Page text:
1. Are you currently sexually active? If so how many partners and do you use protection?

This question is one that the adolescent may hesitate to answer. Reinforcing that confidentiality is a must between the provider and the patient is a must. If the patient does not want to give an answer the opportunity to give some education arises.

1. Have you felt lonely, depressed have you ever thought about hurting yourself? If so what has made you feel that way?

This question opens up for the patient to tell you about problems with bullying at school or if there is some type of issue at home.

Ball, J. W., Dains, J. E., Flynn, J. A., Solomon, B. S., & Stewart, R. W. (2019). Seidel’s guide to physical examination: An interprofessional approach (9th ed.). St. Louis, MO: Elsevier Mosby.

Sacks, D., & Westwood, M. (2018). An approach to interviewing adolescents. Paediatrics & child health, 8(9), 554–556.

Smith GL, McGuinness TM. Adolescent Psychosocial Assessment: The HEEADSSS. J Psychosoc Nurs Ment Health Serv. 2017 May 1;55(5):24-27. doi: 10.3928/02793695-20170420-03. PMID: 28460146.

Post 2

Assignment 3: 38-year-old Native American pregnant female living on a reservation.

Part 1: Pregnancy-Focused Health History

Assuming that this patient lives on a reservation, she will be utilizing a federally qualified health center (FQHC) through the Indian Health Service (HIS) program. The Indian Health Services (n. d.) stated that improvements to the HIS program were established in 1992 with amendments to the Indian Health Care Improvement Act. These improvements provide care for Native Americans on and off of reservations to access necessary health services, including those not available in all reservation-based FQHCs. The patient will have access to all essential women’s health tools and options. The interview for building the health history would be pregnancy-focused, including a detailed obstetric and gynecologic history, while including topics important to perinatal health such as nutrition, vaccine history, substance abuse, domestic violence, and a detailed history of any familial genetic disorders. The questions would be asked while avoiding medical terminology whenever possible.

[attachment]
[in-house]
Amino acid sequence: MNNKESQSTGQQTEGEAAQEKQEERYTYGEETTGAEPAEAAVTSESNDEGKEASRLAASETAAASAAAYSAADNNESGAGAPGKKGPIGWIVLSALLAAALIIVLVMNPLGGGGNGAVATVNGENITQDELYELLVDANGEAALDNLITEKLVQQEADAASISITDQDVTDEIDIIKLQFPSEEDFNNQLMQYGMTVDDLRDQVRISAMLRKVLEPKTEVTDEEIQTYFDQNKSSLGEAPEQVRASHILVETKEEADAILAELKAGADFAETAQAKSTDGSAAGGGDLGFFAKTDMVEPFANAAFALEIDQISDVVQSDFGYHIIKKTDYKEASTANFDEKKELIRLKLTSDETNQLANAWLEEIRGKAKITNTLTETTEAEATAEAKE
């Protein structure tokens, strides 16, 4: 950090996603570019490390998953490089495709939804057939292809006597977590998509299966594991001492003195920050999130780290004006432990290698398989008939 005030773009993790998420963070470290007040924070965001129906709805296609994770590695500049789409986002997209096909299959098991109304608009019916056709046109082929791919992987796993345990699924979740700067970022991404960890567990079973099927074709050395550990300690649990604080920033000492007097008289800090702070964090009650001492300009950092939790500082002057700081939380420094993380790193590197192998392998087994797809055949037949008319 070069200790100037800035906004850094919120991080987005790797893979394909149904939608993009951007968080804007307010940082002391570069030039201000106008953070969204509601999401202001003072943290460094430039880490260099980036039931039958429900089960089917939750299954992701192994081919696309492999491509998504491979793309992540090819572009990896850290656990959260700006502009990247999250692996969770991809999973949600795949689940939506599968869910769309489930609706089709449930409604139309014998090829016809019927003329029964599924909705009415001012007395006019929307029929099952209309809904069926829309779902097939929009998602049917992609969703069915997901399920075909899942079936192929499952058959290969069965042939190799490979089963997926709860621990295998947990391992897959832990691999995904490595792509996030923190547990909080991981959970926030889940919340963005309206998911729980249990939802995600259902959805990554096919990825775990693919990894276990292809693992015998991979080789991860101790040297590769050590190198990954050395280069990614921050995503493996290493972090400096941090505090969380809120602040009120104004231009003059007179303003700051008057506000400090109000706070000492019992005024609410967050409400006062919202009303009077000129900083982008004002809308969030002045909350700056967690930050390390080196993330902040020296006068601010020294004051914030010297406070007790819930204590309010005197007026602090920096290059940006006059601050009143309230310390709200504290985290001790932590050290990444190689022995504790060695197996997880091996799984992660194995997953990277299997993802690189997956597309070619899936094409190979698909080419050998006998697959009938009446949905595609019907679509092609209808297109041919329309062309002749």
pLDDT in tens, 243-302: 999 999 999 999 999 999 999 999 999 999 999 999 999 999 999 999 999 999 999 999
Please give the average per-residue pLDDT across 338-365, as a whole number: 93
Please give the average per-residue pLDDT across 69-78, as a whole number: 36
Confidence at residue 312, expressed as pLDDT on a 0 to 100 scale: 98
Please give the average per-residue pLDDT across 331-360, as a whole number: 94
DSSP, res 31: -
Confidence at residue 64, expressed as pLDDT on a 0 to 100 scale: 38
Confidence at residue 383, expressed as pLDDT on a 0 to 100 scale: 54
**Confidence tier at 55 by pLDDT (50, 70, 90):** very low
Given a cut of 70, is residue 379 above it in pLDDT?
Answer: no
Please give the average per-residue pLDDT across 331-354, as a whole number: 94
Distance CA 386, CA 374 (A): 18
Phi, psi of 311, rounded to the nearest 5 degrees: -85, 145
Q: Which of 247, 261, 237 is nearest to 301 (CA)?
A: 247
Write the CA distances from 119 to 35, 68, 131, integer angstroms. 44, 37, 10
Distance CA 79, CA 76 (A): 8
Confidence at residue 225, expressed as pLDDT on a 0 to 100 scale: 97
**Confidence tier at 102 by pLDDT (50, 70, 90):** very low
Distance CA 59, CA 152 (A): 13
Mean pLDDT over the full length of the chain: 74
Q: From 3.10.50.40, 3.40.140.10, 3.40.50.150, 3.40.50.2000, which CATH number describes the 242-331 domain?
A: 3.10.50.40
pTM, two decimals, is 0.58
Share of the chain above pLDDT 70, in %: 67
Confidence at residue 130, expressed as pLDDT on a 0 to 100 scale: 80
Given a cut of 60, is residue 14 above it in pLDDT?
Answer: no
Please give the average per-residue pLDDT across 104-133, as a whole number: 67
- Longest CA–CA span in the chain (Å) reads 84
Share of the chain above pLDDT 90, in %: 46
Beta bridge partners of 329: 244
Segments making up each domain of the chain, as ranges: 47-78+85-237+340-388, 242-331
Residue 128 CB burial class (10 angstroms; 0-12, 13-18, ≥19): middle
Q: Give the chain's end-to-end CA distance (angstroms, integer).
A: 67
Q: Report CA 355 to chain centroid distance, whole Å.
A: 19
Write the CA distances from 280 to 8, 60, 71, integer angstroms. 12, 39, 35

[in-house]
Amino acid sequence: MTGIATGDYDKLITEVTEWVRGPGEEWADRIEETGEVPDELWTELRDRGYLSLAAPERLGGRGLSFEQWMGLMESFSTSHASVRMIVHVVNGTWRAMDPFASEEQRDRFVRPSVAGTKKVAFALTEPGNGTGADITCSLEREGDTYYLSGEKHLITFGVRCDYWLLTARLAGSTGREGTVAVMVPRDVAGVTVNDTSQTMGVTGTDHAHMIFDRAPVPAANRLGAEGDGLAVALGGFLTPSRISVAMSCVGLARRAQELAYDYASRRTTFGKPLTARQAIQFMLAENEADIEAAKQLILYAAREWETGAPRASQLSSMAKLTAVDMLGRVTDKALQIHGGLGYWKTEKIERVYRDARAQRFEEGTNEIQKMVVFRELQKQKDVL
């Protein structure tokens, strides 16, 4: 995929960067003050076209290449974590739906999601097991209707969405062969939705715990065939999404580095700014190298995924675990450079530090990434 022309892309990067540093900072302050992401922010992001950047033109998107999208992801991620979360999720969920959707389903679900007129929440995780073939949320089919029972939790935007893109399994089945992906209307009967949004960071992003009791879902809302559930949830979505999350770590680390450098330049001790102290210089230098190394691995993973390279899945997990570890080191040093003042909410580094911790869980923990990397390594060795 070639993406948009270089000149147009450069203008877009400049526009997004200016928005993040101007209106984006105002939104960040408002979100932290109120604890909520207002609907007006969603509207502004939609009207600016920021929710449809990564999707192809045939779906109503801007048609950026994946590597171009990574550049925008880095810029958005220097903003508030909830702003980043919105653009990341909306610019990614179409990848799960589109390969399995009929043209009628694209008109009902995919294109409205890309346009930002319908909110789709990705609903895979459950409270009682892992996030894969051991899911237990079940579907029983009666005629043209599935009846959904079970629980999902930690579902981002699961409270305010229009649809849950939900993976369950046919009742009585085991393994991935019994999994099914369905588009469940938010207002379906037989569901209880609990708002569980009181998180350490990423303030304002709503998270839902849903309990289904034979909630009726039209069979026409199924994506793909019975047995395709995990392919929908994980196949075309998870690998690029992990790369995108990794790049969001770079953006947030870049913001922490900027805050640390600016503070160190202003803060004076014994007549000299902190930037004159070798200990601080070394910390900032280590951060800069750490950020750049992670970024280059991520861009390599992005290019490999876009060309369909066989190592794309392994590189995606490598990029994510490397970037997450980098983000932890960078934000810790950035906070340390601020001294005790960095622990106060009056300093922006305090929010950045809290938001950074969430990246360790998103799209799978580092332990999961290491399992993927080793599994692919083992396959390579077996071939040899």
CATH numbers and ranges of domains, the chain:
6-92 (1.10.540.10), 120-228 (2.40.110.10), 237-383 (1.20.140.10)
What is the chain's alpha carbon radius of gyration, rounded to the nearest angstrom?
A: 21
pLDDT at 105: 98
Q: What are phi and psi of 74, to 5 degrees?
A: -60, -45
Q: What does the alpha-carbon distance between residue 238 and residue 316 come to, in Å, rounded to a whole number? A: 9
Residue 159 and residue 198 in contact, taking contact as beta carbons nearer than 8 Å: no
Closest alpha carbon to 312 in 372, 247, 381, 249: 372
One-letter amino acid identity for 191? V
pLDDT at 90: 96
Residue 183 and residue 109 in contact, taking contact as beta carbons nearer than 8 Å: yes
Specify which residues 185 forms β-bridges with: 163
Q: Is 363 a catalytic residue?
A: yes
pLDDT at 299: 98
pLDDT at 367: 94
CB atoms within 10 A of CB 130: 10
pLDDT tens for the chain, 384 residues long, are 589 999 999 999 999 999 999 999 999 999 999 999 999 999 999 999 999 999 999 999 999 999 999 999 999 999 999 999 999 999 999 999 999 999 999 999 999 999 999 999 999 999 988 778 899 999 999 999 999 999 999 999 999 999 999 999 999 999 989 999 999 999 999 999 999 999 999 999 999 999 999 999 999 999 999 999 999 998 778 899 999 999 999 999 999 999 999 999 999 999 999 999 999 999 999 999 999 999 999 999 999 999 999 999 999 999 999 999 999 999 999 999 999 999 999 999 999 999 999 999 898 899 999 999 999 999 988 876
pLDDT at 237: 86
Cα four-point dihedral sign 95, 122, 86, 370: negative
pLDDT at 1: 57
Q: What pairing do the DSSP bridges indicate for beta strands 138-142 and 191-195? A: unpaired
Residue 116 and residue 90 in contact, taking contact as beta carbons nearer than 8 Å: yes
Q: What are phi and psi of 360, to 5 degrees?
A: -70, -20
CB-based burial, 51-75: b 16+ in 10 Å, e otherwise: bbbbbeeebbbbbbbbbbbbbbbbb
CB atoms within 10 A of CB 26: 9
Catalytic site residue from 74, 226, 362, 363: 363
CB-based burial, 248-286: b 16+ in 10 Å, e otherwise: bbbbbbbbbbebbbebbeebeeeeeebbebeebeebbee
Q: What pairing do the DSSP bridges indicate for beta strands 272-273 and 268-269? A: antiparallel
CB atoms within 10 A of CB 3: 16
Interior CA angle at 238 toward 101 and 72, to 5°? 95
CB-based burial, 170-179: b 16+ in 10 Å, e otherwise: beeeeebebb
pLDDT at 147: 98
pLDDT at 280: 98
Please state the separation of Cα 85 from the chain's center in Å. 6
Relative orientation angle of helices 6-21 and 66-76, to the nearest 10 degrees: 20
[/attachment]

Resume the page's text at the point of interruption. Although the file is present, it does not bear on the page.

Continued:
Part 2: Risk Assessment Tool

A tool I would incorporate into the health history with this patient is the American College of Obstetricians and Gynecologists Antepartum Record and Postpartum Form (American Academy of Pediatrics and American College of Obstetricians and Gynecologists, 2017). The form is presented in a survey format to provide a detailed prenatal history, patient care, management guidelines, and postpartum management tools. I would choose to work through the prenatal history with the patient to translate many of the form’s medical terms and abbreviations and provide patient education during the process, such as completing the vaccination history and providing the patient with the rationale for obtaining needed vaccines during her pregnancy.

Part 3: Health-Related Risks

The Centers for Disease Control and Prevention (2018) stated that Native Americans have a significantly higher risk for occurrences of:

· Ear defects (anotia/microtia)

· Cleft lip (with or without cleft palate)